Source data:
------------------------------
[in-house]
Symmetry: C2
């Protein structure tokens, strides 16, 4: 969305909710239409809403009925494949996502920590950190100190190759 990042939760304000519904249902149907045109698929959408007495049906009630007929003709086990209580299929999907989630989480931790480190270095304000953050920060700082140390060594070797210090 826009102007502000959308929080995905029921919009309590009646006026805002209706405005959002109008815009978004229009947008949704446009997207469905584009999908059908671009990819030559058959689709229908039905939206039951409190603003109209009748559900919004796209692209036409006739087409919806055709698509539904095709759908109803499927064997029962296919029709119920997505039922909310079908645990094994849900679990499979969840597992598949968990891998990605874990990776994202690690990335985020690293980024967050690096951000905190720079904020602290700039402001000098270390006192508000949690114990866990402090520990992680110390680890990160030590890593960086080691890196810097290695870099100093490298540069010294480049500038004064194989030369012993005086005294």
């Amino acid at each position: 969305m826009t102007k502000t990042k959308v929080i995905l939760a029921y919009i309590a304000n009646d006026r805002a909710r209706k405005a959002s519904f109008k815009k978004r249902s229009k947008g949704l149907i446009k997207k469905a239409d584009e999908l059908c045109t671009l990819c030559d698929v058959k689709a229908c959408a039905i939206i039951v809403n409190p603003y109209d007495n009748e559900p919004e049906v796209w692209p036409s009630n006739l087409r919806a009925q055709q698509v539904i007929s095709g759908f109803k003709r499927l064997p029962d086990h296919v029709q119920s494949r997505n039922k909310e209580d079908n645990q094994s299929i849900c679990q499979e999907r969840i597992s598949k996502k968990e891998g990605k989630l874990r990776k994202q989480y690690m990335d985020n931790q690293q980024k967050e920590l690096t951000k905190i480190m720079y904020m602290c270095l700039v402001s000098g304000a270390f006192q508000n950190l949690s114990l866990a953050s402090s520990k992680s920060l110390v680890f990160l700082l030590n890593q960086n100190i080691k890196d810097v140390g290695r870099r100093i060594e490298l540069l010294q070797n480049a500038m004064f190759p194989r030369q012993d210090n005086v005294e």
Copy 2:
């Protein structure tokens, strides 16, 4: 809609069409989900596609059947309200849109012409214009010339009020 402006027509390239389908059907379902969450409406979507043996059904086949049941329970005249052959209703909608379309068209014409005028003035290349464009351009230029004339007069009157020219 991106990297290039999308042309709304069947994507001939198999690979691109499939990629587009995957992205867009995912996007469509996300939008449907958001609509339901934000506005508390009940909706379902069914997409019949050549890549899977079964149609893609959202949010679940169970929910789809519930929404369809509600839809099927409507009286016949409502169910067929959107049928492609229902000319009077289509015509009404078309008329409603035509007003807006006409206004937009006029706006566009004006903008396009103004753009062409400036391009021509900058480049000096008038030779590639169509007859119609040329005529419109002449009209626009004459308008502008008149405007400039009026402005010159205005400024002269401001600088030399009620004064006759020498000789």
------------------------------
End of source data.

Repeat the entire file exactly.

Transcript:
[in-house]
Symmetry: C2
């Protein structure tokens, strides 16, 4: 969305909710239409809403009925494949996502920590950190100190190759 990042939760304000519904249902149907045109698929959408007495049906009630007929003709086990209580299929999907989630989480931790480190270095304000953050920060700082140390060594070797210090 826009102007502000959308929080995905029921919009309590009646006026805002209706405005959002109008815009978004229009947008949704446009997207469905584009999908059908671009990819030559058959689709229908039905939206039951409190603003109209009748559900919004796209692209036409006739087409919806055709698509539904095709759908109803499927064997029962296919029709119920997505039922909310079908645990094994849900679990499979969840597992598949968990891998990605874990990776994202690690990335985020690293980024967050690096951000905190720079904020602290700039402001000098270390006192508000949690114990866990402090520990992680110390680890990160030590890593960086080691890196810097290695870099100093490298540069010294480049500038004064194989030369012993005086005294």
């Amino acid at each position: 969305m826009t102007k502000t990042k959308v929080i995905l939760a029921y919009i309590a304000n009646d006026r805002a909710r209706k405005a959002s519904f109008k815009k978004r249902s229009k947008g949704l149907i446009k997207k469905a239409d584009e999908l059908c045109t671009l990819c030559d698929v058959k689709a229908c959408a039905i939206i039951v809403n409190p603003y109209d007495n009748e559900p919004e049906v796209w692209p036409s009630n006739l087409r919806a009925q055709q698509v539904i007929s095709g759908f109803k003709r499927l064997p029962d086990h296919v029709q119920s494949r997505n039922k909310e209580d079908n645990q094994s299929i849900c679990q499979e999907r969840i597992s598949k996502k968990e891998g990605k989630l874990r990776k994202q989480y690690m990335d985020n931790q690293q980024k967050e920590l690096t951000k905190i480190m720079y904020m602290c270095l700039v402001s000098g304000a270390f006192q508000n950190l949690s114990l866990a953050s402090s520990k992680s920060l110390v680890f990160l700082l030590n890593q960086n100190i080691k890196d810097v140390g290695r870099r100093i060594e490298l540069l010294q070797n480049a500038m004064f190759p194989r030369q012993d210090n005086v005294e």
Copy 2:
């Protein structure tokens, strides 16, 4: 809609069409989900596609059947309200849109012409214009010339009020 402006027509390239389908059907379902969450409406979507043996059904086949049941329970005249052959209703909608379309068209014409005028003035290349464009351009230029004339007069009157020219 991106990297290039999308042309709304069947994507001939198999690979691109499939990629587009995957992205867009995912996007469509996300939008449907958001609509339901934000506005508390009940909706379902069914997409019949050549890549899977079964149609893609959202949010679940169970929910789809519930929404369809509600839809099927409507009286016949409502169910067929959107049928492609229902000319009077289509015509009404078309008329409603035509007003807006006409206004937009006029706006566009004006903008396009103004753009062409400036391009021509900058480049000096008038030779590639169509007859119609040329005529419109002449009209626009004459308008502008008149405007400039009026402005010159205005400024002269401001600088030399009620004064006759020498000789």